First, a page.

What began innocently enough as a peaceful protest against a plan to transform a cherished green space in the heart of Istanbul has been transformed less than two days later into a political symbol of anti-government reaction by ordinary citizens.
Gezi Park was earmarked for a shopping centre project by authorities. But Prime Minister Recep Tazip Erdogan has faced heavy criticism for placing the country’s economic progress before everything else – including environmental concerns.
Critics and international observers also maintain that his Islamist-centred approach, which has seen the introduction of new restrictions on alcohol consumption, alongside press censorship and a creeping intolerance of dissent all point to a tightening and undemocratic grip on power.
This, they say, has now reached a climax, with the Gezi Park occupation simply the catalyst for widespread change. Certainly, it is the biggest threat to Erdogan’s leadership since he took the Prime Minister’s post in 2003 at the reins of the Justice and Development Party. Thousands across the country are calling for his resignation.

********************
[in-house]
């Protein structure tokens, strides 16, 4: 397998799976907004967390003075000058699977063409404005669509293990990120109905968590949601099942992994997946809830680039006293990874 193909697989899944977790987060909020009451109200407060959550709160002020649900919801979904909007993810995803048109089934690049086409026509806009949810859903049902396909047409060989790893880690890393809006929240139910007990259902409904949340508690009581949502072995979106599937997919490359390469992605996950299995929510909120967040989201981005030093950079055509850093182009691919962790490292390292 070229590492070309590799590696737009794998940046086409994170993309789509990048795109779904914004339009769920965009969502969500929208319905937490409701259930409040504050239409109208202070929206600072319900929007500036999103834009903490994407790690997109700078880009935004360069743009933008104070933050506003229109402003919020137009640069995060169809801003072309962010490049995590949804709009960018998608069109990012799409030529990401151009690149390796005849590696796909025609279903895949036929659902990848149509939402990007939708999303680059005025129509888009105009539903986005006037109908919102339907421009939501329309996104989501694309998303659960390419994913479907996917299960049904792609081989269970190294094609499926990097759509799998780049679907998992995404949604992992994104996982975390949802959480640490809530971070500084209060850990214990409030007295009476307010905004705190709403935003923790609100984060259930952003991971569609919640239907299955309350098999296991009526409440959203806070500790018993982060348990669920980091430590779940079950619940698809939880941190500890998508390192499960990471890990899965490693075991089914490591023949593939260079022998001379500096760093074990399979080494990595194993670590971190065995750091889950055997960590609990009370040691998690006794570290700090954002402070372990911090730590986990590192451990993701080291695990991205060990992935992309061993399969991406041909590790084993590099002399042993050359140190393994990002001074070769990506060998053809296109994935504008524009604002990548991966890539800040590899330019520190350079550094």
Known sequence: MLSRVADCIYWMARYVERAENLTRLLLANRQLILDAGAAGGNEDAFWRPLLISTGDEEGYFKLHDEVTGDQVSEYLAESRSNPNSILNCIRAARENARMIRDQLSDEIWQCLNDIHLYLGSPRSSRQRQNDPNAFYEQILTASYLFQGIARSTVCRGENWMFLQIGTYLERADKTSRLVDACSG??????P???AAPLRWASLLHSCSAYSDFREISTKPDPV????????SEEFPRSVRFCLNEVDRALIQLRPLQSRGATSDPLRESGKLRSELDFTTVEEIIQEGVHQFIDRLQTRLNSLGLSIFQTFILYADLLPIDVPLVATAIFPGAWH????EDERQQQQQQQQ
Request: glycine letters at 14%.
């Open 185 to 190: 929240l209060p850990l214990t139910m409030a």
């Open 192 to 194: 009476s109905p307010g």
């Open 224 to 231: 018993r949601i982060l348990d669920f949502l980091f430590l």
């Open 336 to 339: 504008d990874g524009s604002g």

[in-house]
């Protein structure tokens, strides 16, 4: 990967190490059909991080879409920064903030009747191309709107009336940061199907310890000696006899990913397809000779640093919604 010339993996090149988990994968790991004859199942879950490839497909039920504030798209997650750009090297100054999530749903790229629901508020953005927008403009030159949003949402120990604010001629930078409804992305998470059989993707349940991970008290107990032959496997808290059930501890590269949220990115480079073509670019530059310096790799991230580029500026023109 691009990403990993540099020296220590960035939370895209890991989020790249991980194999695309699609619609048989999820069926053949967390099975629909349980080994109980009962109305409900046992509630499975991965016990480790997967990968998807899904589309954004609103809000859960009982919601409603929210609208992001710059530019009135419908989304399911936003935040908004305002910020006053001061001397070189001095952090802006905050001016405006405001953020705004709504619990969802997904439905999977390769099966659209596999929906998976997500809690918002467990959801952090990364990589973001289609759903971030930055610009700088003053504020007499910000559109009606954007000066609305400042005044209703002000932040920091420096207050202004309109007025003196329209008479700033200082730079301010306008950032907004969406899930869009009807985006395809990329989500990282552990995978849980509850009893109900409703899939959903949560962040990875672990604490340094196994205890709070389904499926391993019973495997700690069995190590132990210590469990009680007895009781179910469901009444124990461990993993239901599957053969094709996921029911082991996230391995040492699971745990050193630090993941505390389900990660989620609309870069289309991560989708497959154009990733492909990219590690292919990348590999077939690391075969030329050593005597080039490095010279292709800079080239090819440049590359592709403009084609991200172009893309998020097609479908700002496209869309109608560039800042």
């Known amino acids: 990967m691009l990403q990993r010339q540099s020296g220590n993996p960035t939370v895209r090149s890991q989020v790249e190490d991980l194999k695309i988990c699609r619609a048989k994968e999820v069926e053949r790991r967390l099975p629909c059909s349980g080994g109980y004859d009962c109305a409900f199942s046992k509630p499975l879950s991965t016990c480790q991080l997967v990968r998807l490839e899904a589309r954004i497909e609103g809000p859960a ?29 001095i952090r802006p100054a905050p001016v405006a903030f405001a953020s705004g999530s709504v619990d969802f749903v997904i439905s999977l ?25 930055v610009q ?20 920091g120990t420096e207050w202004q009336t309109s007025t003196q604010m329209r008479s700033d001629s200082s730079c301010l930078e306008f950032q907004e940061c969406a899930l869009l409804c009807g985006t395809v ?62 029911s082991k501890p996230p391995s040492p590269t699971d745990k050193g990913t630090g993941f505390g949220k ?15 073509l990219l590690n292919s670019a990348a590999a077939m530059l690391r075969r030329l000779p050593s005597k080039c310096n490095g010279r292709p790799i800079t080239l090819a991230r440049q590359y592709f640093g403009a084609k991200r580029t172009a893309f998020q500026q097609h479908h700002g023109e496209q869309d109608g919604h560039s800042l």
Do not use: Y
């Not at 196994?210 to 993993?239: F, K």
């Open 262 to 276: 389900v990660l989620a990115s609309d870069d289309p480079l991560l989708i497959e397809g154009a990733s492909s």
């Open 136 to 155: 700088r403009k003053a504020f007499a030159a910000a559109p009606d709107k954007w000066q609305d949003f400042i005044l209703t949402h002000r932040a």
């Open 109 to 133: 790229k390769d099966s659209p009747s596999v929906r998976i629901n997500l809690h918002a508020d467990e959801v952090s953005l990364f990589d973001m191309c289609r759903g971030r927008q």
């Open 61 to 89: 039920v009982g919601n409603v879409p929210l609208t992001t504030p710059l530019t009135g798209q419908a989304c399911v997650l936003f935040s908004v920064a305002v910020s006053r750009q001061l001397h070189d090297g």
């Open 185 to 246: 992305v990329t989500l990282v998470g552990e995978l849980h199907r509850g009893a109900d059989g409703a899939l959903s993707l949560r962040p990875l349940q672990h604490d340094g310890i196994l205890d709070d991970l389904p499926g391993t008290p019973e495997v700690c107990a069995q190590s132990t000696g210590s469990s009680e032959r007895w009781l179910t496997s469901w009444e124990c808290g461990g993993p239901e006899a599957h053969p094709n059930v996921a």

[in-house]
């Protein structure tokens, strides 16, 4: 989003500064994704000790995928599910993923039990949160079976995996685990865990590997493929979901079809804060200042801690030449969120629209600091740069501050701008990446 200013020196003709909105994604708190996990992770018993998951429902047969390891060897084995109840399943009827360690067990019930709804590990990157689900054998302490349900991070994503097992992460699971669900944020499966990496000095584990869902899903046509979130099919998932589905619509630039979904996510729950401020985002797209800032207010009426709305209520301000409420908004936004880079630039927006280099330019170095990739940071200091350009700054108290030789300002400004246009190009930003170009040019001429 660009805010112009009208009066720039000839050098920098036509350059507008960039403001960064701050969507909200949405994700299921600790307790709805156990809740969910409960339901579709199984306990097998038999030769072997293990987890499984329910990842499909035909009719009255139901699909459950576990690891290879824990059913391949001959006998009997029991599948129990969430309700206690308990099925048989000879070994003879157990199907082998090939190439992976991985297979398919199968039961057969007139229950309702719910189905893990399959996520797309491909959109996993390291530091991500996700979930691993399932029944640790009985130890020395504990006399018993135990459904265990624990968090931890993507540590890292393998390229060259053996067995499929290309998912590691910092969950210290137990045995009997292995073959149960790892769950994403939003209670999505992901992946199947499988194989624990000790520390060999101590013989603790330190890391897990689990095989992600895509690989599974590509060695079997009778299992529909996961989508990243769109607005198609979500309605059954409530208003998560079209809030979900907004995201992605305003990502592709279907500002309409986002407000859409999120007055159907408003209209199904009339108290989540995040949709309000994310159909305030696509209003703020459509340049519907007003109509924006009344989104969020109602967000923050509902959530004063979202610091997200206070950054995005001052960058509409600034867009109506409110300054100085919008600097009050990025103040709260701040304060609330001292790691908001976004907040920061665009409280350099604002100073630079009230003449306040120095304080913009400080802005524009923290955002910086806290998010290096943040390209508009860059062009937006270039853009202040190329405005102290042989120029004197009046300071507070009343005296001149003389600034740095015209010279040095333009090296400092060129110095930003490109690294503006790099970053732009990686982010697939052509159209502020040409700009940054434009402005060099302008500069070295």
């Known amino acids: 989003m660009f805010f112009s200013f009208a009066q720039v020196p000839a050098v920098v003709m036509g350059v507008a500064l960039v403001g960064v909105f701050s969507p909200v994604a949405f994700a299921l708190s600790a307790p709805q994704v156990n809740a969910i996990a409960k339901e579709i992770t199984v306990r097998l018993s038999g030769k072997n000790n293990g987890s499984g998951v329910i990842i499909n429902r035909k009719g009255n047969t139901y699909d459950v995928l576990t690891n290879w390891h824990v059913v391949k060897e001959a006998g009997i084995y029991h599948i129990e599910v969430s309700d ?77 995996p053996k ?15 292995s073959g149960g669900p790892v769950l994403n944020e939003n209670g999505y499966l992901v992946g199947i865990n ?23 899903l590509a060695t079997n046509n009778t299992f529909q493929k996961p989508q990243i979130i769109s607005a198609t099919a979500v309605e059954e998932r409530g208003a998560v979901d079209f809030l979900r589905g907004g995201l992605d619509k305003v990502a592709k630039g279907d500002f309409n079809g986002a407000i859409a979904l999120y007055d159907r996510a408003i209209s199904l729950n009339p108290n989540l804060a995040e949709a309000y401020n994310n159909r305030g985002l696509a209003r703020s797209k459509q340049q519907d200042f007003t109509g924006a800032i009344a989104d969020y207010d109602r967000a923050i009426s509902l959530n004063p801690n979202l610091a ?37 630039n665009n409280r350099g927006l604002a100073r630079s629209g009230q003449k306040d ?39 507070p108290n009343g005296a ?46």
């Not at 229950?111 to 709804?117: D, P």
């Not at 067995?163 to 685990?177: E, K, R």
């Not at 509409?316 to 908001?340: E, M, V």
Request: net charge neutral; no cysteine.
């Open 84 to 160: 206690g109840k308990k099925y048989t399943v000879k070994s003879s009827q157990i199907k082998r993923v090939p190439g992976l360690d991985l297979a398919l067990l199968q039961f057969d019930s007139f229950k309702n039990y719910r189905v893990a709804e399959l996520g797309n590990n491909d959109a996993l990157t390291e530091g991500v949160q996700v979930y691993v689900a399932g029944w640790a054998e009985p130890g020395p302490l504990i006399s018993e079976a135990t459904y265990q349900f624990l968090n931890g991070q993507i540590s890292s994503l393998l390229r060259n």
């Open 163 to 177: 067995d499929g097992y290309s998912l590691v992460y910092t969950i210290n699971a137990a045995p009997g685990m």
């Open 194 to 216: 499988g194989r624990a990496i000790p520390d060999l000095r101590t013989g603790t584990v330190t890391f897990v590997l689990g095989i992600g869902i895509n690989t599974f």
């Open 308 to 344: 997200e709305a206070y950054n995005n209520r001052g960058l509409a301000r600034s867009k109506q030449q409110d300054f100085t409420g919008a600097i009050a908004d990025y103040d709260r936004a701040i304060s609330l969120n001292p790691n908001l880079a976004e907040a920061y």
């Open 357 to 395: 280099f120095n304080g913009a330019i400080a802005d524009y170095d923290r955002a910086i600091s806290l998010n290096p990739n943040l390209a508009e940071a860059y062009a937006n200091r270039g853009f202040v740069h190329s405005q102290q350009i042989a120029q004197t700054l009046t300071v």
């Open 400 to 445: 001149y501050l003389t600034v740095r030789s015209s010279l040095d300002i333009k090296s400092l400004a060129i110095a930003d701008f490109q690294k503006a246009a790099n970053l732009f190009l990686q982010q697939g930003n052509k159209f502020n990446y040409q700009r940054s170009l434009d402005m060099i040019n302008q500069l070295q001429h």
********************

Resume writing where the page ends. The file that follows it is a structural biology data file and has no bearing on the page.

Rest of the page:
Euronews’ Istanbul correspondent Bora Bayraktar, himself injured in Friday’s protest, analysed the situation.
“The demonstrations will continue this weekend. They started against the urbanisation project, but now the character of the demonstrations has changed. Most are not just opposed to the project but are protesting against the behaviour of the government, which never takes the citizens’ point of view into account.”
He also noted distinctions between the demonstrators themselves. “The protesters are organised via social media.Only a few are militant protesters – most of them are ordinary people and they avoid the attacks between police and the rioters. So the majority of demonstrators are not rioters. It’s more like a movement of the people of Istanbul.”